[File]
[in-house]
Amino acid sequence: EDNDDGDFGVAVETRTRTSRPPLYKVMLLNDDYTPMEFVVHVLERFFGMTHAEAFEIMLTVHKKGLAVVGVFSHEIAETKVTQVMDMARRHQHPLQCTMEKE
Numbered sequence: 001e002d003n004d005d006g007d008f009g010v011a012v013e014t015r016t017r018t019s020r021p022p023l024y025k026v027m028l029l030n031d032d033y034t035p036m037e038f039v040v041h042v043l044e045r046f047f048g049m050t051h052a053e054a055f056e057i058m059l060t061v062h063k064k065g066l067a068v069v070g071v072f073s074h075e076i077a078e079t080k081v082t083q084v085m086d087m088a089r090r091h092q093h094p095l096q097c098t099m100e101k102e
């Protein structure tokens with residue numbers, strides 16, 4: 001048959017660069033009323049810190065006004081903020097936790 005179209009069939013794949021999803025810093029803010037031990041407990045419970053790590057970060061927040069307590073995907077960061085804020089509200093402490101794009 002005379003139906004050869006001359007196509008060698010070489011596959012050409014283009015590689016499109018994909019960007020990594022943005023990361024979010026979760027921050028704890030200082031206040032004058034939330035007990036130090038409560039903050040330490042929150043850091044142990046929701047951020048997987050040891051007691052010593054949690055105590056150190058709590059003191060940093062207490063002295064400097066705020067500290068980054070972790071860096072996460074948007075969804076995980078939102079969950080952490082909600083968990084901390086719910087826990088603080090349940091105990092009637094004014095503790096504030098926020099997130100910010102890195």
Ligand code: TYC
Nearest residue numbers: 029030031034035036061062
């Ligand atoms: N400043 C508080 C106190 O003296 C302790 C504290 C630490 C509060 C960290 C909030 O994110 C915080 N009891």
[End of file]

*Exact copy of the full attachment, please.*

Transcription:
[in-house]
Amino acid sequence: EDNDDGDFGVAVETRTRTSRPPLYKVMLLNDDYTPMEFVVHVLERFFGMTHAEAFEIMLTVHKKGLAVVGVFSHEIAETKVTQVMDMARRHQHPLQCTMEKE
Numbered sequence: 001e002d003n004d005d006g007d008f009g010v011a012v013e014t015r016t017r018t019s020r021p022p023l024y025k026v027m028l029l030n031d032d033y034t035p036m037e038f039v040v041h042v043l044e045r046f047f048g049m050t051h052a053e054a055f056e057i058m059l060t061v062h063k064k065g066l067a068v069v070g071v072f073s074h075e076i077a078e079t080k081v082t083q084v085m086d087m088a089r090r091h092q093h094p095l096q097c098t099m100e101k102e
């Protein structure tokens with residue numbers, strides 16, 4: 001048959017660069033009323049810190065006004081903020097936790 005179209009069939013794949021999803025810093029803010037031990041407990045419970053790590057970060061927040069307590073995907077960061085804020089509200093402490101794009 002005379003139906004050869006001359007196509008060698010070489011596959012050409014283009015590689016499109018994909019960007020990594022943005023990361024979010026979760027921050028704890030200082031206040032004058034939330035007990036130090038409560039903050040330490042929150043850091044142990046929701047951020048997987050040891051007691052010593054949690055105590056150190058709590059003191060940093062207490063002295064400097066705020067500290068980054070972790071860096072996460074948007075969804076995980078939102079969950080952490082909600083968990084901390086719910087826990088603080090349940091105990092009637094004014095503790096504030098926020099997130100910010102890195």
Ligand code: TYC
Nearest residue numbers: 029030031034035036061062
């Ligand atoms: N400043 C508080 C106190 O003296 C302790 C504290 C630490 C509060 C960290 C909030 O994110 C915080 N009891």